Monday, May 26, 2008

More air travel problems

More flight cancellations

I found the articles I referenced at the end of this post on air travel. Airlines are going to be cancelling more flights, according to this Middle Seat column (free WSJ Digg link). (Yep, another post about this column. It's really excellent, both the column and my posts!) But wait, they're doing this to better passengers overall experience. From the column:

Airlines and airports say they have new procedures to prevent prolonged delays aboard airplanes, and the number of planes left sitting for three hours or more has recently declined.

But there's a trade-off: more cancellations.

Fliers are having to swap one travel nightmare -- being stuck on a plane -- for another -- being stuck in an airport. Carriers defend the choice, saying that being quicker to cancel flights rather than risk leaving planeloads of people marooned allows airlines to recover more quickly from disruptions. And, they say, airports are a much more comfortable place to while away the hours than cramped planes. Passengers have better access to essential services at airport terminals, some of which now have started to keep concessions open all night during weather disruptions and provide essentials like blankets and baby diapers. Some airport vending machines have been stocked with overnight essentials like toothpaste.
It's working too. The number of planes waiting more than 3 hours to take off is down, but cancelled flights are up. Is this a good thing? Is it better to wait in the airport than on the plane. A couple of choice points on this question.
[...] Sometimes it doesn't make sense to impose deadlines -- a flight may be very close to leaving after three hours elapse and neither passengers nor crew want to start over.

"Why should you mandate a pilot to return to the gate when he's No. 2 for takeoff?" asks David Barger, chief executive of JetBlue
Airways Corp.


Widespread cancellations don't sit well with all passengers. Dory Dean Alford, a sales manager who has "platinum" status with American because of her frequent travels, has been left stranded six or seven times by cancellations in the past year. Sometimes, she'd rather try to get where she's going than get left for a day or two. "I'd rather sit three hours because I can get home sooner," she said.
I was a beneficiary (victim?) of this move to more quickly cancel flights at the end of April, on a flight to New York. New York was experiencing thunderstorms, and the airline cancelled a slew of flights into LaGuardia that day. We were fortunately able to get on the first flight the next morning, and we were staying with relatives, so there were no additional hotel costs. We were also notified of the cancellation before we even left for the airport, so we didn't even have to drive to the airport only to drive back.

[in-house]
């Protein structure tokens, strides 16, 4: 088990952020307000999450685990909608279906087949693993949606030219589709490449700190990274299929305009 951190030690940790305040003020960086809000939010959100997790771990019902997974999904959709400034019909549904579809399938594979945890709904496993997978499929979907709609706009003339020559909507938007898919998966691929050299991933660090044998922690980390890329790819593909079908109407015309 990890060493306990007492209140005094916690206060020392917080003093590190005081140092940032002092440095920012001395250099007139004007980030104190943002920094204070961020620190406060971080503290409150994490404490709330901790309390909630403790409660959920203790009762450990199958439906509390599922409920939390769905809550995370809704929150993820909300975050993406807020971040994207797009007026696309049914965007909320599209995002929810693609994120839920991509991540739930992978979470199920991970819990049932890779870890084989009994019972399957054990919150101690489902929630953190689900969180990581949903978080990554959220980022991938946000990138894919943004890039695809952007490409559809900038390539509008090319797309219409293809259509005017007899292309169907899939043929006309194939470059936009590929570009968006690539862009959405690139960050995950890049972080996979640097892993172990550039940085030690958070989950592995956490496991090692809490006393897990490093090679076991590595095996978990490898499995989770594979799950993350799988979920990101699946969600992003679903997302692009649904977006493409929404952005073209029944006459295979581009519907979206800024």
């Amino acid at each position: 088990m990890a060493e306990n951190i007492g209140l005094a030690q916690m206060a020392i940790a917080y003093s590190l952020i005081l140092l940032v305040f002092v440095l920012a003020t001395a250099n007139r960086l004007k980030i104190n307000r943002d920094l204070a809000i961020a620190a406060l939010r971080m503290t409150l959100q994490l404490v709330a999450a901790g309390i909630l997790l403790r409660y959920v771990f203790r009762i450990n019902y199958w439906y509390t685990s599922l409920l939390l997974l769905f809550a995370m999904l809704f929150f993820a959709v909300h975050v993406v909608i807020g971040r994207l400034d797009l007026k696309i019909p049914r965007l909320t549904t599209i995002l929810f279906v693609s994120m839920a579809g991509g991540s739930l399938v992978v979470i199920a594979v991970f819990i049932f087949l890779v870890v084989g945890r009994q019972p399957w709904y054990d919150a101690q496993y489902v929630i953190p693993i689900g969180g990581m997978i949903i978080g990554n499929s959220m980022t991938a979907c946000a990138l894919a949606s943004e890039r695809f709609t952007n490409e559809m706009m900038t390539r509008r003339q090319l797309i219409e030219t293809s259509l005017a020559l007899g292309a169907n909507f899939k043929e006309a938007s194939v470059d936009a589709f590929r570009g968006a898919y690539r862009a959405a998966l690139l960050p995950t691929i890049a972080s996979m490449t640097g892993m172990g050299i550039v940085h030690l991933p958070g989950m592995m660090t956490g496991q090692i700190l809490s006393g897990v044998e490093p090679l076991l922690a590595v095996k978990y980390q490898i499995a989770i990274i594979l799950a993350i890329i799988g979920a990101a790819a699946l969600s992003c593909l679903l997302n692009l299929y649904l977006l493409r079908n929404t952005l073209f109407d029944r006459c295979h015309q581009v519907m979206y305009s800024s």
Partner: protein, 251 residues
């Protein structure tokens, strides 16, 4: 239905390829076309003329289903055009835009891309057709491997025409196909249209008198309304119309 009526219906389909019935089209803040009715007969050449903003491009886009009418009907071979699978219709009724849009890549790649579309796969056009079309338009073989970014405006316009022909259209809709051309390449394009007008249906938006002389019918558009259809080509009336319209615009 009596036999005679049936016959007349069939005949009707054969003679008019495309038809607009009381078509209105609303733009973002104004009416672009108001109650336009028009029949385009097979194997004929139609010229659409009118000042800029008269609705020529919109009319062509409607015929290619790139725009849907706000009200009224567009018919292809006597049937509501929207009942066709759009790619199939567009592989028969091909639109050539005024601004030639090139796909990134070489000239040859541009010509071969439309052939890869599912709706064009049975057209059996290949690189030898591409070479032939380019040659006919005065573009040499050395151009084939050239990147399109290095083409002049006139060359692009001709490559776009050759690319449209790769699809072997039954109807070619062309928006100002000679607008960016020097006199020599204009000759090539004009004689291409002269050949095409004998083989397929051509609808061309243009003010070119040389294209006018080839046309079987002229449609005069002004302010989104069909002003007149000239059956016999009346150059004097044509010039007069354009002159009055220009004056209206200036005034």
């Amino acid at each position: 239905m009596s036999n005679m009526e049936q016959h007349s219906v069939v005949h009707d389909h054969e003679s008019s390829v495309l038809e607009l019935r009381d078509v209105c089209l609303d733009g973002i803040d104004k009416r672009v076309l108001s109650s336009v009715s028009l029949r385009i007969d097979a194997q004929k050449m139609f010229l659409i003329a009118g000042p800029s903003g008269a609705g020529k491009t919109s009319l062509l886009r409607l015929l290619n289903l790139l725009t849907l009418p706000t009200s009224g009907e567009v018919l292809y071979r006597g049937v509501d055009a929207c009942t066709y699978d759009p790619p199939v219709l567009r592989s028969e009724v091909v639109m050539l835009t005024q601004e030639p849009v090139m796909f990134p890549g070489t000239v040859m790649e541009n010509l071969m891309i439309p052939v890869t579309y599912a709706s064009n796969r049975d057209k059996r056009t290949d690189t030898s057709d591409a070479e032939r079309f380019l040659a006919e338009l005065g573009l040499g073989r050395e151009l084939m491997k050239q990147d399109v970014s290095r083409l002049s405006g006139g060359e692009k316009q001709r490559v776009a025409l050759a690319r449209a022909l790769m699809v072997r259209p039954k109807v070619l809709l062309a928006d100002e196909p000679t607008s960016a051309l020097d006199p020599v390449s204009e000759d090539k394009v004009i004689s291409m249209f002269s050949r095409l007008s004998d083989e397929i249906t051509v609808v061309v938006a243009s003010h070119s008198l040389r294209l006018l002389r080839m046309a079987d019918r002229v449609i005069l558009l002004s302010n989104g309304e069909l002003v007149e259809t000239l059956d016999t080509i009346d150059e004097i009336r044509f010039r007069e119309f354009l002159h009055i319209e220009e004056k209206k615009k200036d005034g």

We were travelling with a small child, so in this instance I didn't mind the cancellation as much. It would have been a nightmare waiting at the airport for the plane's delayed departure, boarding the plane, and then waiting to get clearance to take off to fly to New York.

If I were travelling by myself, coming home from a business trip for example, I would have preferred to risk it and have the airline keep the flight and board me. As long as they have movies to show on the plane and they keep the air conditioning on, I can sit in those seats for hours waiting to take off (which I've done many times). Throw a kid into the mix however, and my story rapidly changes.

Fares will increase

At the end of this BusinessWeek article on the Delta/Northwest merger, there is a prediction on how much fares will increase and what the ramifications are:

[...] That would boost the average cost of a round-trip ticket from $280 to roughly $340.

While the increase may seem small, Kovacs believes it would be enough to price the hoi polloi out of the market and reduce the number of passengers on U.S. carriers from 299 million to 240 million a year. But that may be the price the airlines—and their passengers—must pay for profitability.

From what I've read, even though the number of passengers would decrease, since airlines are cutting their capacity, flights would still be just as crowded. The mass affluent will be able to handle these price hikes, but for some of the less well off, air travel will become an unaffordable luxury.

So prices are going up and the chances of flights being cancelled are going up. Sign me up.

The public's suggestions for fixing the airlines

Finally, CNNMoney offers reader feedback on how to fix the airlines. The writers thesis was that if airlines raise prices and if they also improve the flying experience, customers would be willing to pay. He had many readers agree with him, including:

"Give me back the meal, take my luggage at no additional charge, give me my window or aisle seat without an upcharge, and increase the price of a ticket," wrote Norm from Haddonfield, NJ. "I use and need the airlines and am willing to pay my share to keep them alive and well. Charge what you need to charge. We'll get used to it....just like $4 gas. Stop beating me to death with these ridiculous additional charges."

Yes! Yes! Norm for President! Stop nickle and diming me and put the price in the fare and give me a pleasant flight experience. But do I really think that when airlines raise fares to where they're finally covering their fuel and other costs that they'll improve service? Nope.